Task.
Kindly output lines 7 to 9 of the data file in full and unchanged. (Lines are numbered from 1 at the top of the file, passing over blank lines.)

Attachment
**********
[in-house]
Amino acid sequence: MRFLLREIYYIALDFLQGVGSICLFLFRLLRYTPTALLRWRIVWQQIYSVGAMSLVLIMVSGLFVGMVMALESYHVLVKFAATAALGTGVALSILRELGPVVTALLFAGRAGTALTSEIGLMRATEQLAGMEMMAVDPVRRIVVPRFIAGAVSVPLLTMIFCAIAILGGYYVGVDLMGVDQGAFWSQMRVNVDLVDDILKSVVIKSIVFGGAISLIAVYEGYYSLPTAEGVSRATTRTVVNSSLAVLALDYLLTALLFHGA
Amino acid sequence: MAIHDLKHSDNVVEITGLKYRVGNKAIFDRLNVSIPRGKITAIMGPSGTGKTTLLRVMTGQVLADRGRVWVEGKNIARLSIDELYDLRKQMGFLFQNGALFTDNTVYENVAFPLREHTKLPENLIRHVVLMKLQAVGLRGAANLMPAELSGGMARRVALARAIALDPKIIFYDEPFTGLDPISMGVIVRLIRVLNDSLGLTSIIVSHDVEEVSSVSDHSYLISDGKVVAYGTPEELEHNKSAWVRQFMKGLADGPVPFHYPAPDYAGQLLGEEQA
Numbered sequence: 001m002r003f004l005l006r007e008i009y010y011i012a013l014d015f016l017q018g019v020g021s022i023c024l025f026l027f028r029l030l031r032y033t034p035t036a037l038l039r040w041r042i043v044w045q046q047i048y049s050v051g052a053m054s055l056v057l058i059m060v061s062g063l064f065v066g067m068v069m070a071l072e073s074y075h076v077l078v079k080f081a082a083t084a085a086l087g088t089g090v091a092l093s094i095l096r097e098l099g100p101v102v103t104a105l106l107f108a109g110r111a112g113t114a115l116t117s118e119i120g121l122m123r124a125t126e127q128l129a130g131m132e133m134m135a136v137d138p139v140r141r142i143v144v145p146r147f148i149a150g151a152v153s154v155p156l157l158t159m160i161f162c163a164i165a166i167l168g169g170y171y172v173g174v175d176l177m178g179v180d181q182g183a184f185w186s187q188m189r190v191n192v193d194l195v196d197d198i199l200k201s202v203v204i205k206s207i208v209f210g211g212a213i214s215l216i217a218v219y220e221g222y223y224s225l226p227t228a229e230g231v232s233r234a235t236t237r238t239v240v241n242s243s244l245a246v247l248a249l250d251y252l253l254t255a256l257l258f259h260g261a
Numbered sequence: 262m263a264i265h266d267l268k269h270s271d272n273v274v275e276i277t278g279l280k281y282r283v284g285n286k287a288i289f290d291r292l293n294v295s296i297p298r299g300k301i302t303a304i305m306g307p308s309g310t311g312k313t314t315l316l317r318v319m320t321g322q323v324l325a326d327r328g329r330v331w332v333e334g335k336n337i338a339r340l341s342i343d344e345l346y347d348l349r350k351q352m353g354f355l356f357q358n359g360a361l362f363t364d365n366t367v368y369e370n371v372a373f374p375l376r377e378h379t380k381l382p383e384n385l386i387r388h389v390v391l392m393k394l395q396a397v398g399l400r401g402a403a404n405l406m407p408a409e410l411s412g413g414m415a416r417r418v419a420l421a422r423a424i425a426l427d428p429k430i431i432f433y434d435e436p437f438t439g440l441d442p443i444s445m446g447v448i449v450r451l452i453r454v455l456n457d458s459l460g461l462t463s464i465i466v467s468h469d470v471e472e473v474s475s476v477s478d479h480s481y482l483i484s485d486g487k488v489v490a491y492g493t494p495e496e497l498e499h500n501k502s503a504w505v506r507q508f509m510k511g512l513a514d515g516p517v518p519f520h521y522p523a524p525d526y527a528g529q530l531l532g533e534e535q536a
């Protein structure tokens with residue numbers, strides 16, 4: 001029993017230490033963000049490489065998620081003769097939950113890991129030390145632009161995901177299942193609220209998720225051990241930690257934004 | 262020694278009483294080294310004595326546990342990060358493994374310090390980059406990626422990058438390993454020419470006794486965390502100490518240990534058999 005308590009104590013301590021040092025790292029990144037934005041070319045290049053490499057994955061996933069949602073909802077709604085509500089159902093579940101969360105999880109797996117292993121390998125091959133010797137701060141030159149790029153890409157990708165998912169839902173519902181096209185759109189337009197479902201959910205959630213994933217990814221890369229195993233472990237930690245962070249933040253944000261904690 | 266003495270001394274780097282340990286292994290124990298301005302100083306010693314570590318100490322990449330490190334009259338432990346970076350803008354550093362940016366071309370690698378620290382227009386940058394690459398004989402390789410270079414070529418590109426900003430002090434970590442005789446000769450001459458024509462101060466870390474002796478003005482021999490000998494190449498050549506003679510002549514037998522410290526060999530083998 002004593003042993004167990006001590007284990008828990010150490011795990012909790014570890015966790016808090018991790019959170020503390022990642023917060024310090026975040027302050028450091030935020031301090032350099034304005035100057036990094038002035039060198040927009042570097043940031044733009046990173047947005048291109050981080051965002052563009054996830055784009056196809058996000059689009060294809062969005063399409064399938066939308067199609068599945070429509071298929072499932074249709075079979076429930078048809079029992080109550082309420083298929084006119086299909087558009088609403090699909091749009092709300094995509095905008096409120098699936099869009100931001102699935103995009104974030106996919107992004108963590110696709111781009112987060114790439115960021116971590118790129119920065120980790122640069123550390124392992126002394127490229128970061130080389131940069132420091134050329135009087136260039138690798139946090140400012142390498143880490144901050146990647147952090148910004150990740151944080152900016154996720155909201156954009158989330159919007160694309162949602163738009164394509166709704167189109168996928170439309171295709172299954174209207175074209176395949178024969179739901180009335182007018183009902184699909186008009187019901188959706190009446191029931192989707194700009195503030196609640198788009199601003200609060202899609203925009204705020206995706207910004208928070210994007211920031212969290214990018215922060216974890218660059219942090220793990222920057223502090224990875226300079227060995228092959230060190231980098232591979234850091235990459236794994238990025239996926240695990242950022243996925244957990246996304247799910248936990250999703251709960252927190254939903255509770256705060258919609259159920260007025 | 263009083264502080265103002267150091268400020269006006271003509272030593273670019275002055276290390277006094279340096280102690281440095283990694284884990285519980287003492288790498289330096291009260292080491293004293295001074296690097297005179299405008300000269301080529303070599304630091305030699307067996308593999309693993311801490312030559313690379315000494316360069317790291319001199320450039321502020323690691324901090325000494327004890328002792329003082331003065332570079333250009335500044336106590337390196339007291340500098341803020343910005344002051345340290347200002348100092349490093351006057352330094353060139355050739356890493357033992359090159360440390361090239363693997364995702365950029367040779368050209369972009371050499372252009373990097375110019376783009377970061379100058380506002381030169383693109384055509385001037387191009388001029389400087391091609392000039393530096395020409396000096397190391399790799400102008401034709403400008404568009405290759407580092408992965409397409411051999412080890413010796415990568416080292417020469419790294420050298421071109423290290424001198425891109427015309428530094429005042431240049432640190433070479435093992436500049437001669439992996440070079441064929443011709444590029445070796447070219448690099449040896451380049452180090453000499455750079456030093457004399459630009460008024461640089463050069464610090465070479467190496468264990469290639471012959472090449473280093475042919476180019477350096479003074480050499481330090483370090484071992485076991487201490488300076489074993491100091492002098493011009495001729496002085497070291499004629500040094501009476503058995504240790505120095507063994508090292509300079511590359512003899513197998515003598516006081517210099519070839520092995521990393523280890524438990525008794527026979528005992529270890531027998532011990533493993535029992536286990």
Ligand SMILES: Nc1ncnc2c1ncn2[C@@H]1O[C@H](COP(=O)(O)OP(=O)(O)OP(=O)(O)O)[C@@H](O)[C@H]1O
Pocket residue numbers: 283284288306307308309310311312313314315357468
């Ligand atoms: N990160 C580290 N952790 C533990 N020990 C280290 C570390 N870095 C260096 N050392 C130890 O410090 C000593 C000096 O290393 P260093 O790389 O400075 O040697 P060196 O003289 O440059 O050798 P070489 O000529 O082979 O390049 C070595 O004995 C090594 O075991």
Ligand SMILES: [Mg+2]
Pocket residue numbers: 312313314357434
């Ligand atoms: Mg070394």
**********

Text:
Ligand SMILES: Nc1ncnc2c1ncn2[C@@H]1O[C@H](COP(=O)(O)OP(=O)(O)OP(=O)(O)O)[C@@H](O)[C@H]1O
Pocket residue numbers: 283284288306307308309310311312313314315357468
């Ligand atoms: N990160 C580290 N952790 C533990 N020990 C280290 C570390 N870095 C260096 N050392 C130890 O410090 C000593 C000096 O290393 P260093 O790389 O400075 O040697 P060196 O003289 O440059 O050798 P070489 O000529 O082979 O390049 C070595 O004995 C090594 O075991």